Don C. Lewis, 74, died peacefully in his sleep in his home in Trona, California, on March 19, 2023.
He was born Donald Mason Brown in Akron, Ohio, in January 1949, to Wanda Mason Brown and John Baker Brown Sr., the second of their four sons. From birth, Don was a very outgoing child, popular with adults and his peers. As a young child, he sometimes slipped away from playing with other kids to visit with adult neighbors.
Don excelled in athletics and played football from the Pee Wee League through high school.
He was a linebacker on the Akron East High School team that won the city championship in 1965. He was an avid fisherman in his youth, spending many hours with his family fishing in Lake Erie and throughout Ohio.
Early in his adult life, Don was a partner in a small firm that used computer technology to provide client graphics services. Later, he worked with the Delancey Street Foundation in San Francisco for many years. He played a key role in establishing Treasure Island, a residential academy for high-risk San Francisco high school students struggling with truancy, abuse at home, neighborhood violence, or other forms of instability.
Over the years, he mentored dozens of children, helping them to go on to stable and productive lives.
In this small, tight-knit community in the Southern California desert, he dedicated the rest of his life to raising his beloved granddaughter, Jennifer Rose Lewis, 9, who affectionately calls him Poppy.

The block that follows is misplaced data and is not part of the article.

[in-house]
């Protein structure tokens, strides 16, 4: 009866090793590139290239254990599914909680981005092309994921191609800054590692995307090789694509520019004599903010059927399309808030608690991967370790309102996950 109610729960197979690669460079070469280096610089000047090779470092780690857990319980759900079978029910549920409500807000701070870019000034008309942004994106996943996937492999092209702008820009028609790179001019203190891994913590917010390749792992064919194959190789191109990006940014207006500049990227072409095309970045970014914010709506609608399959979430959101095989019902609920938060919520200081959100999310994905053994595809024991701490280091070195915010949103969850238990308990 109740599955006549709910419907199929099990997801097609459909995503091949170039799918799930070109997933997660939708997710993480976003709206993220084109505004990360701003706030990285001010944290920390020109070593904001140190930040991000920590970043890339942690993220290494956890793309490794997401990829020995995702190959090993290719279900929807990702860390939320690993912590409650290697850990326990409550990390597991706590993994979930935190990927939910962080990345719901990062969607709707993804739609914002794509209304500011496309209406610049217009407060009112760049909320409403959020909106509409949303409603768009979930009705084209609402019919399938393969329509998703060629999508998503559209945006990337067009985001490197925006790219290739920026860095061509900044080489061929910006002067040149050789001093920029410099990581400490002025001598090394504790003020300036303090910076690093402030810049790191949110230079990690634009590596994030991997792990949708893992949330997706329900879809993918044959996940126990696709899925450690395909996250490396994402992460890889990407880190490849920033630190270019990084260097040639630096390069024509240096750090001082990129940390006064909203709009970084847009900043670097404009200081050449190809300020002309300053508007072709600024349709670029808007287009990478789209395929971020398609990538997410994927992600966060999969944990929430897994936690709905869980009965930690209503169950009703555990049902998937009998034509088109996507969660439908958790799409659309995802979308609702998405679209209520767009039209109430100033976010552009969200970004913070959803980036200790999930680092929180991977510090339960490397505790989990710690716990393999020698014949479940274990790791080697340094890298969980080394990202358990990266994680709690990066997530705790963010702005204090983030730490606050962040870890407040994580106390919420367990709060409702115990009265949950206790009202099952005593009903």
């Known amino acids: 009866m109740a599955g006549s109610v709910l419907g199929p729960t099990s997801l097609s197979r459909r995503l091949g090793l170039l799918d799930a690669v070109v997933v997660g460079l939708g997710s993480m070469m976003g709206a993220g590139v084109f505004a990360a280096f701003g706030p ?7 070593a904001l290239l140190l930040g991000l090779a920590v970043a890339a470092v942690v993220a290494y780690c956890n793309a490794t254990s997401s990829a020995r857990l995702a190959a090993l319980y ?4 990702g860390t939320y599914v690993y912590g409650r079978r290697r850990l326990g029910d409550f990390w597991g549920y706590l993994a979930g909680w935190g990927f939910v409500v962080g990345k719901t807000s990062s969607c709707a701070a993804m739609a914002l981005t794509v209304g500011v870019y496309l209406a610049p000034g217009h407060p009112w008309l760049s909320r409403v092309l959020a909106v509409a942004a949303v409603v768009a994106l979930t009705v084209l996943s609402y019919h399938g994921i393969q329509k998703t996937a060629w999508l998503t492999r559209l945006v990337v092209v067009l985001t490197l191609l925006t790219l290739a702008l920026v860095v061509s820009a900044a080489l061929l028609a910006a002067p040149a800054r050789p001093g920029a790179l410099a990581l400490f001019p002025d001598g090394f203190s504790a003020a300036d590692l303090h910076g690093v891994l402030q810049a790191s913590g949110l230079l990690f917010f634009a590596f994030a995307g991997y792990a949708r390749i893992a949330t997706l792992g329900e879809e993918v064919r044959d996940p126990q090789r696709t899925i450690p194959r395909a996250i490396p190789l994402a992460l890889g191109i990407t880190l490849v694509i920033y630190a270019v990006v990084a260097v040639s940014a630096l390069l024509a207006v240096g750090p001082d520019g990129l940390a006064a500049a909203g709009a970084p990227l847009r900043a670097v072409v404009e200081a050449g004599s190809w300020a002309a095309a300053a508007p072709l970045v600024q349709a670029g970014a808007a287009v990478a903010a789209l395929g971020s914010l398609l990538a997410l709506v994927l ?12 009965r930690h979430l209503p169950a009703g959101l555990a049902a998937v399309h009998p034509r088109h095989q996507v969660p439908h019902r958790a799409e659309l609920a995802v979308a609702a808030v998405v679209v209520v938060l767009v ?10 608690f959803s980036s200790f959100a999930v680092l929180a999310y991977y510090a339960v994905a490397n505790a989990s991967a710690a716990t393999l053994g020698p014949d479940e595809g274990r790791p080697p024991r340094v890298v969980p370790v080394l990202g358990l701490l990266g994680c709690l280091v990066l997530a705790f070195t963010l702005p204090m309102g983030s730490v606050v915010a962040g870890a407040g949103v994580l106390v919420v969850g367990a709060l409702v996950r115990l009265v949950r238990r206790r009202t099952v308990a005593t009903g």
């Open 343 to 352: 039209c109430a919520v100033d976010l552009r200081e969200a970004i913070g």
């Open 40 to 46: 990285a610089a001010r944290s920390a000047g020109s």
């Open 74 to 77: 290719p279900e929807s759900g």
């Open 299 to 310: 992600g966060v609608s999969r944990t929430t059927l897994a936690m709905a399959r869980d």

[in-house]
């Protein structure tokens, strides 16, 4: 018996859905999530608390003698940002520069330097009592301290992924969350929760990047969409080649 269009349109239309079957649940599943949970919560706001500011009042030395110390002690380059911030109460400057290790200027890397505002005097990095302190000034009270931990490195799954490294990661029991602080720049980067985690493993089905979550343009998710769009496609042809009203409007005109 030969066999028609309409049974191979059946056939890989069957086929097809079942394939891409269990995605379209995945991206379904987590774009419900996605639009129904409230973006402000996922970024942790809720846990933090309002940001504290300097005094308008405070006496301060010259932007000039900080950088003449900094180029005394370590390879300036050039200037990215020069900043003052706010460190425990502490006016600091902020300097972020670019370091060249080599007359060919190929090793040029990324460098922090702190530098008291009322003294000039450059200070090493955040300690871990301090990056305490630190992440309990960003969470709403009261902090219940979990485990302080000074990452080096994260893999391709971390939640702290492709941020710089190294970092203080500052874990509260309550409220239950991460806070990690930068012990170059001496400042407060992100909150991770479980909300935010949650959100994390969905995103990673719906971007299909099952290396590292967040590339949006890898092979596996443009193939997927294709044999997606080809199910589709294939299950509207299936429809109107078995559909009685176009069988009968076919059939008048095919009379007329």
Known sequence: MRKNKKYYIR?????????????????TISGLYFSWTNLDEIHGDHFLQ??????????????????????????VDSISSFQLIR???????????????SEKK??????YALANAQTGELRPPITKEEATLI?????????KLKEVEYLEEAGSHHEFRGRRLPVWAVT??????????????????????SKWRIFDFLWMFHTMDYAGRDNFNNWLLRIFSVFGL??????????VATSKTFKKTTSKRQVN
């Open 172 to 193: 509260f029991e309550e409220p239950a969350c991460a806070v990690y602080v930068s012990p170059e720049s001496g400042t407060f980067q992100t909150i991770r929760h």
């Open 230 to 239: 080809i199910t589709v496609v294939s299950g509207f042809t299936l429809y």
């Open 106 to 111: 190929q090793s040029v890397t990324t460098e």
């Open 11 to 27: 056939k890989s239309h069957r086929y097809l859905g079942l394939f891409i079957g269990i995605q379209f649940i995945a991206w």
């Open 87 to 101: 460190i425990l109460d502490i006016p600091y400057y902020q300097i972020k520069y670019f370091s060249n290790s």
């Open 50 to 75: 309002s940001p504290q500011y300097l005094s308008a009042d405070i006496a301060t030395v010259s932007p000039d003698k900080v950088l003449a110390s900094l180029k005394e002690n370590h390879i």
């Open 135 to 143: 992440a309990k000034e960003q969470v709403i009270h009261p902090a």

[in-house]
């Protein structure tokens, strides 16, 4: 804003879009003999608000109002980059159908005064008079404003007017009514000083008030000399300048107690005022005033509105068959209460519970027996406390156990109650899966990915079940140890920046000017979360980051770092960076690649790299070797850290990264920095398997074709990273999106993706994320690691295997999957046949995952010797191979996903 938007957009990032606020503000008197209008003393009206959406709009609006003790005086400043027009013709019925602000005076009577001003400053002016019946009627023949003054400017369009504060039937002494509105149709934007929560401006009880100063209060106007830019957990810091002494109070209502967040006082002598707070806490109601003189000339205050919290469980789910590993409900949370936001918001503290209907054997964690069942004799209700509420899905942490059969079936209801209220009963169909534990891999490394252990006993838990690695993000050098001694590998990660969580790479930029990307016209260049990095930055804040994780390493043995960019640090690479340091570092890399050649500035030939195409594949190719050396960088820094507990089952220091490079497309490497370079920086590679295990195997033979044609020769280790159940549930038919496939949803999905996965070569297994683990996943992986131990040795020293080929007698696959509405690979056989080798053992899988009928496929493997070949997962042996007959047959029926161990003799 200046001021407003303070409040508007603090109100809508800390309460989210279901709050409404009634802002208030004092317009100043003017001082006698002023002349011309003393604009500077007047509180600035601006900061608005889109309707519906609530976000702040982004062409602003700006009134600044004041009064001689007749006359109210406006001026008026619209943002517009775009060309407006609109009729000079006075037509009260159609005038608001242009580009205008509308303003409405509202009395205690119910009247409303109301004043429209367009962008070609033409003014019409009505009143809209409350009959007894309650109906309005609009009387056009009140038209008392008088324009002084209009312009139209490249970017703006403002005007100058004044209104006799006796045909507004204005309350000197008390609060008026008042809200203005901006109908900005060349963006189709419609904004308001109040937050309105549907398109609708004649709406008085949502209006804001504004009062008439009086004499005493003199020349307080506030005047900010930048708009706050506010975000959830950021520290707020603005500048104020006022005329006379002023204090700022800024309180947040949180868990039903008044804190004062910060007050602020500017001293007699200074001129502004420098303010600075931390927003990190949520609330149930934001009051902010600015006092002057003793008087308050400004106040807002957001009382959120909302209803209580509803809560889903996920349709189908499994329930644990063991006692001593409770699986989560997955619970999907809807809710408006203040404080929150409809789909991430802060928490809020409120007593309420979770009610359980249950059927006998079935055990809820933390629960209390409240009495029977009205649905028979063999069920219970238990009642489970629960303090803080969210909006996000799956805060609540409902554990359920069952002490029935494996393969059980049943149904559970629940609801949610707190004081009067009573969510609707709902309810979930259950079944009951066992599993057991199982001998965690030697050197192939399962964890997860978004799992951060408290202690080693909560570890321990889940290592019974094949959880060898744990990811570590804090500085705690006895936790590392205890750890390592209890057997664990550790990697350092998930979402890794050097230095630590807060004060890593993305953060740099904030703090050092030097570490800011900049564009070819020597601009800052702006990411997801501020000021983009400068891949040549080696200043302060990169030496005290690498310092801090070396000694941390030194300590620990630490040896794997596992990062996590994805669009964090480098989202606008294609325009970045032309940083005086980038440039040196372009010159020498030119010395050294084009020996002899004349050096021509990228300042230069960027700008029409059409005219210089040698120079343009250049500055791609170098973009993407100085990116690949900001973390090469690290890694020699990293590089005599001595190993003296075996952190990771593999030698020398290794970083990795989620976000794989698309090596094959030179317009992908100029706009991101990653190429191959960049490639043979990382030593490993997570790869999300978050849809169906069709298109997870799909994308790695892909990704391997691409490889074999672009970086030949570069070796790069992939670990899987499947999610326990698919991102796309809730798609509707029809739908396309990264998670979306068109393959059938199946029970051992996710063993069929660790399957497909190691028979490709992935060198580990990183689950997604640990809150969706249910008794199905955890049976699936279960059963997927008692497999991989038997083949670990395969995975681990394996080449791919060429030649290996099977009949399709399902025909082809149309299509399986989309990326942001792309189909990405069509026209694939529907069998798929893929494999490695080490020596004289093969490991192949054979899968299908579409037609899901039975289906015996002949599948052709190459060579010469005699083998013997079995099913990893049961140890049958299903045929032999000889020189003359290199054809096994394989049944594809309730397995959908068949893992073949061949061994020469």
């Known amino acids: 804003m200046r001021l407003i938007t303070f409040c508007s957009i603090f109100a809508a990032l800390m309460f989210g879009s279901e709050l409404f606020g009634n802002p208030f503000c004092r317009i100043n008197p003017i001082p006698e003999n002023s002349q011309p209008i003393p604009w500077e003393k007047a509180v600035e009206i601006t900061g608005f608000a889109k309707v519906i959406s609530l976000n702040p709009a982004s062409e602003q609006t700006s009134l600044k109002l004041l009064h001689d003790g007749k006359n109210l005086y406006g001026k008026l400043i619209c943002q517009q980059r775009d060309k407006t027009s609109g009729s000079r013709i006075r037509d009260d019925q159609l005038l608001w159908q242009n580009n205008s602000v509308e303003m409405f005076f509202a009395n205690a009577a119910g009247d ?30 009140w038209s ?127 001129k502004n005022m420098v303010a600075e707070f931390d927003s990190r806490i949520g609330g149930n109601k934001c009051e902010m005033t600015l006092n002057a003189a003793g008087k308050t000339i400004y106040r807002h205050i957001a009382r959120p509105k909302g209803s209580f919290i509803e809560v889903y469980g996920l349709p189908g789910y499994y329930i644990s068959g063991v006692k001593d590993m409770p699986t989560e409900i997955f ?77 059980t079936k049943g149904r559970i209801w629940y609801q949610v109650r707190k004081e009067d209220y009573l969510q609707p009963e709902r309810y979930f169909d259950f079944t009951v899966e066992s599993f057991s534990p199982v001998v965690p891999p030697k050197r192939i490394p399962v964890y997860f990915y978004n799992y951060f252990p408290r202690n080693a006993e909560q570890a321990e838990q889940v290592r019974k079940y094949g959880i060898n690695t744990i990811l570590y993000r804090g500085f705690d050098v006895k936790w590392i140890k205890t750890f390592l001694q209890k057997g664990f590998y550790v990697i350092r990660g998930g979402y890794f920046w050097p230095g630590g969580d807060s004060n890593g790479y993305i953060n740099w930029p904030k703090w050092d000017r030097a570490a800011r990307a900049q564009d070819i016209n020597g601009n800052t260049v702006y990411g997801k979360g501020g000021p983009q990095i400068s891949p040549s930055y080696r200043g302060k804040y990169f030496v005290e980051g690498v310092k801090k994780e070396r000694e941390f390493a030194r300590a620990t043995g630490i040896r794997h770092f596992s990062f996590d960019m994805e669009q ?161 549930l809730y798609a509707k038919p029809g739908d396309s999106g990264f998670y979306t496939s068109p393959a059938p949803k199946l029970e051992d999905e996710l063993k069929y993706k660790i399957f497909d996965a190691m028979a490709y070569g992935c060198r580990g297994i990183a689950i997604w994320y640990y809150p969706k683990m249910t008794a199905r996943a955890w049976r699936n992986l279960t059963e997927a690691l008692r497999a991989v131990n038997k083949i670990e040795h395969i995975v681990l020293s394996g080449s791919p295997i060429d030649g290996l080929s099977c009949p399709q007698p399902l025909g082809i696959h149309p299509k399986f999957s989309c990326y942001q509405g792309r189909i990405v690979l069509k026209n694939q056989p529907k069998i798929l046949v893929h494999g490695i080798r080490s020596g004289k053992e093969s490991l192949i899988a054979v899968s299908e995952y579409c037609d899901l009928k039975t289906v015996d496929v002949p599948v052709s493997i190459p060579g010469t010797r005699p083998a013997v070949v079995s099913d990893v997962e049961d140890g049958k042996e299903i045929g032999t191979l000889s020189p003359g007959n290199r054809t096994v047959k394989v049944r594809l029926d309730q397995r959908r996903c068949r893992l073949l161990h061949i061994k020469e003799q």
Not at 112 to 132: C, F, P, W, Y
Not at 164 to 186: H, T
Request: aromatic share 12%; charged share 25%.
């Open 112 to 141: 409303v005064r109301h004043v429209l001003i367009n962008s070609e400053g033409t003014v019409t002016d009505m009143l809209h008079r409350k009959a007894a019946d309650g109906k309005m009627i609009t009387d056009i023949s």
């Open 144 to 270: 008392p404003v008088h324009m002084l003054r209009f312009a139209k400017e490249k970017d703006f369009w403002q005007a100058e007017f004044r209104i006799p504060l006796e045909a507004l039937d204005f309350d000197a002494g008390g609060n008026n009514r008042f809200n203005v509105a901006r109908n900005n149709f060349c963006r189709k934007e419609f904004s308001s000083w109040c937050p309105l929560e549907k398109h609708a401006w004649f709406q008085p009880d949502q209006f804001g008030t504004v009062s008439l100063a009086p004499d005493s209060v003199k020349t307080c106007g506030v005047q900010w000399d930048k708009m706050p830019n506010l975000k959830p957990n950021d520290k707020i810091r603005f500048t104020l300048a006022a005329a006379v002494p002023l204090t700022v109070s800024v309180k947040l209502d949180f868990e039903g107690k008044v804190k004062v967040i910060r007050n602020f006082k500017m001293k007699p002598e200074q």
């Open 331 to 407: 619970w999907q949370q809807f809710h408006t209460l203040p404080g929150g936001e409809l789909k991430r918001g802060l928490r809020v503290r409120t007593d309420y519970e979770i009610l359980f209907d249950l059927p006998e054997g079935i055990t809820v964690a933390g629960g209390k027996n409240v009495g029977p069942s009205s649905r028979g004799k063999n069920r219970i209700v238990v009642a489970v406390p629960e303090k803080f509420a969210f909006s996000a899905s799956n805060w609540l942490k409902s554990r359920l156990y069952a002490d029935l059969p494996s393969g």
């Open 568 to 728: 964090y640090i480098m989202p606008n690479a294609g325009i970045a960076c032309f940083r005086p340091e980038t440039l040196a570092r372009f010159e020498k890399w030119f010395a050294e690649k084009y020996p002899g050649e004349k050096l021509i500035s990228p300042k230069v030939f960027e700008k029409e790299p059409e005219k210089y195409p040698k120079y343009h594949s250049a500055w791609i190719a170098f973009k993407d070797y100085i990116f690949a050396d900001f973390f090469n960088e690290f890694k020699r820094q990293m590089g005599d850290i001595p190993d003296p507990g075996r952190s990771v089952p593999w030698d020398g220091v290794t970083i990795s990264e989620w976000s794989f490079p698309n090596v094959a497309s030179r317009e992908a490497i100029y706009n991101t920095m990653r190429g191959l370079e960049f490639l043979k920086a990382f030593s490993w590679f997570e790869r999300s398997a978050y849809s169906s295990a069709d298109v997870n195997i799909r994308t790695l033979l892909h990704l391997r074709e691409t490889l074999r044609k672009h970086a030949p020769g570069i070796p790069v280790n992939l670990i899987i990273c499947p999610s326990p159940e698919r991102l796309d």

An animal lover all of his life, Don was the owner of several dogs.
Don is survived by his son Donny, granddaughter Jennifer, brothers John Baker Brown Jr (Delilah Wynn-Brown) and Richard Oliver Brown (Marion), and cousin Maryam Suluki (Andre Williams), whom he and his brothers always claimed as their only “sister.” Don was preceded in death by his parents, his youngest brother Steven A. Brown, and his daughter Jennifer Lewis. He leaves behind a host of aunts, uncles, cousins, other family members, and friends.
Among his many attributes, Don projected a strength and confidence that made family and friends feel safe in his presence. He will be remembered for his outgoing personality, care, compassion for others, willingness to serve, and, most of all, love and devotion to his children and granddaughter.
He never hesitated to share his life’s lessons to help guide others.
His Delancey Street manager said, “Don had the biggest, most giving heart and leaves us his legacy of love and commitment to others.”